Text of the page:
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Wheel Clamping on Private Land

Earl Attlee asked Her Majesty's Government:

Lord Bassam of Brighton: In the White Paper The Government's Proposals for Regulating the Private Sector Industry in England and Wales, issued earlier this year, we announced proposals to regulate private wheel clampers as part of a package of statutory measures to regulate the private security industry as a whole. We will introduce legislation to Parliament as soon as parliamentary time allows.

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Criminal Justice (Mode of Trial) Bill

Lord Wigoder asked Her Majesty's Government:

    Upon what facts and what assumptions has the approximate saving in public funds in the event of the Criminal Justice (Mode of Trial) Bill becoming law been calculated.[HL171]

Lord Bassam of Brighton: The savings were measured using the flows and costs model which has been developed by the Home Office in collaboration with the Lord Chancellor's Department and Crown Prosecution Service to estimate the cost of initiatives in the criminal justice system. The following assumptions were included:

Assumption
Defendants would be tried in the magistrates' courts instead of the Crown Court12,000
Remand time avoided9 weeks
Timeous guilty plea rate80 per cent
Late guilty plea rate10 per cent
Not guilty plea rate10 per cent
Appeals against mode of trial decision25 per cent

The resulting net saving is estimated at about £105 million. This represents savings in remand time, the shorter sentences likely to be passed by the magistrates' courts than in the Crown Court and the lower cost of trying cases summarily. The background to the flows and costs model is available on the Internet at http://www.homeoffice.gov.uk/rds/areas/econpf.htm.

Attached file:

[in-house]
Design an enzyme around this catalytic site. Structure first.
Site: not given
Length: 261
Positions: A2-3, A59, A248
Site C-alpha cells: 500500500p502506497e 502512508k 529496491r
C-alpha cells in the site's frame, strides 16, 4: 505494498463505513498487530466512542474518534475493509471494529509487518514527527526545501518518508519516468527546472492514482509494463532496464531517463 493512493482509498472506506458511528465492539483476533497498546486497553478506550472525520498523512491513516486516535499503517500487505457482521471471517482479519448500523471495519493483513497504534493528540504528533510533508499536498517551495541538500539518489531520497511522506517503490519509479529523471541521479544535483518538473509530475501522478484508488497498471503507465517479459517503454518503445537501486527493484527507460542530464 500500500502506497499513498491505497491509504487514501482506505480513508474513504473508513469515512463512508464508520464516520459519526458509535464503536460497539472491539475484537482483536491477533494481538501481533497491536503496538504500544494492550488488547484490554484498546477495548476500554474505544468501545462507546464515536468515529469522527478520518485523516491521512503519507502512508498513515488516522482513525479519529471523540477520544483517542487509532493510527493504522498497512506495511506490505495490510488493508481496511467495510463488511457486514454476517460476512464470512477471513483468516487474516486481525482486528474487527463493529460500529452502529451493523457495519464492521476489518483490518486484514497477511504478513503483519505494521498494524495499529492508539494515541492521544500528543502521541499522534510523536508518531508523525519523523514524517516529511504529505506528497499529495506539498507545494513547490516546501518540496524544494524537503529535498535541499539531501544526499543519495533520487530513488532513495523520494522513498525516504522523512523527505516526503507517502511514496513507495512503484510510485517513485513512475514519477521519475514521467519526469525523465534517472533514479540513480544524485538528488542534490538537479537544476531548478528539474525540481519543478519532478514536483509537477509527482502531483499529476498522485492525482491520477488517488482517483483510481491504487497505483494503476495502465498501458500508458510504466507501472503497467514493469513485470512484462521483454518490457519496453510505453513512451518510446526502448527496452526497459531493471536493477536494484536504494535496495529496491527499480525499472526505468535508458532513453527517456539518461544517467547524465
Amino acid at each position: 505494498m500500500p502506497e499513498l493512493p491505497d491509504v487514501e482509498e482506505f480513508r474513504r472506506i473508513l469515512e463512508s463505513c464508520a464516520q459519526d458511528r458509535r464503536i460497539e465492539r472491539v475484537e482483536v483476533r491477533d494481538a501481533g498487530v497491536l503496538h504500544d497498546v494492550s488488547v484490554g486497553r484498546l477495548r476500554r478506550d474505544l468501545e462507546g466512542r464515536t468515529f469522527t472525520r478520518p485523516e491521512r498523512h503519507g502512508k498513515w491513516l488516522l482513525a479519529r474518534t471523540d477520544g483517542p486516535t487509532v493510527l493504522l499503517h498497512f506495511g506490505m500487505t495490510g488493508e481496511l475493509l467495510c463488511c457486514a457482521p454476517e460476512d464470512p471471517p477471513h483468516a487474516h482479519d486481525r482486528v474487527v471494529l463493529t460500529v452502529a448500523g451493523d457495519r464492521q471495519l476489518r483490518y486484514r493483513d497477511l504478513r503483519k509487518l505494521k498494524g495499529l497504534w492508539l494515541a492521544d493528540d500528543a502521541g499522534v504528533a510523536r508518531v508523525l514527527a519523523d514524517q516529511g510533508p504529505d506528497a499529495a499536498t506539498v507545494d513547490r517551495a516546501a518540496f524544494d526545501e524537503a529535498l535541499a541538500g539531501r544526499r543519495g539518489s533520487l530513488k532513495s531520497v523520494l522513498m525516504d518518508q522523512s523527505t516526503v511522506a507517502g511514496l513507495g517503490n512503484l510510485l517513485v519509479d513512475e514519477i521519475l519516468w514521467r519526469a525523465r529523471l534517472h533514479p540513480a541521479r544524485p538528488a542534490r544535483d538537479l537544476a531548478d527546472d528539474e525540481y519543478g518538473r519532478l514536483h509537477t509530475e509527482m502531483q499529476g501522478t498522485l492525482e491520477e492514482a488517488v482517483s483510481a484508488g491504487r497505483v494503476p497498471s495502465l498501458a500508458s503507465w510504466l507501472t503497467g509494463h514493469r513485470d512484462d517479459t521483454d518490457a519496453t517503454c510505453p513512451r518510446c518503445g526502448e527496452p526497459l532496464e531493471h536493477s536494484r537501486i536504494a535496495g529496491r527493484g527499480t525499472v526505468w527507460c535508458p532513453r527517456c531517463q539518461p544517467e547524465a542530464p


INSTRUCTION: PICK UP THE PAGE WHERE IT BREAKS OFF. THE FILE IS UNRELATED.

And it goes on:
Attorney-General: Role as Government Spokesman on Bills

Lord Windlesham asked Her Majesty's Government:

    Whether they will list any Home Office Bills in recent times for which the Attorney-General has been the principal government spokesman in either House of Parliament.[HL251]

Lord Bassam of Brighton: The Attorney-General assisted me on the remaining stages of the Immigration and Asylum Bill during the spillover period from the last Session and is currently assisting on the Criminal Justice (Mode of Trial) Bill. The previous Attorney-General, my right honourable and learned friend the member for Aberavon (Mr Morris QC), did not act as the principal government spokesman on any Home Office Bills.

It is common practice for Ministers from more than one department to take a government Bill through Parliament. This could happen if the subjects covered by a Bill cut across departmental responsibilities or where the size and complexity of the legislative

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programme requires more than one Minister to be involved. In the Lords, the latter circumstance often results in a multi-departmental ministerial team taking a Bill through the House since most departments only have a single Lords Minister.

Kensington and Chelsea Voters Register

Lord Trefgarne asked Her Majesty's Government:

    Whether they will place in the Library of the House a list of the 160 peers, referred to by Lord Bassam of Brighton on 6 December, who were on the voters register in the Kensington and Chelsea parliamentary constituency at the time of the recent by-election.[HL265]

Lord Bassam of Brighton: Electoral registers are compiled by local electoral registration officers. They do not supply copies of their registers to the Home Office and the Government do not have a copy of the electoral register for the Kensington and Chelsea constituency, nor a list of the 166 peers who appear on it. It is, however, available for consultation in the town hall and libraries in the Royal Borough of Kensington and Chelsea. Peers are identified on the electoral register by the letter "L", though no distinction is made between life peers and hereditary peers or between hereditary peers who remain Members of your Lordships' House and those who do not.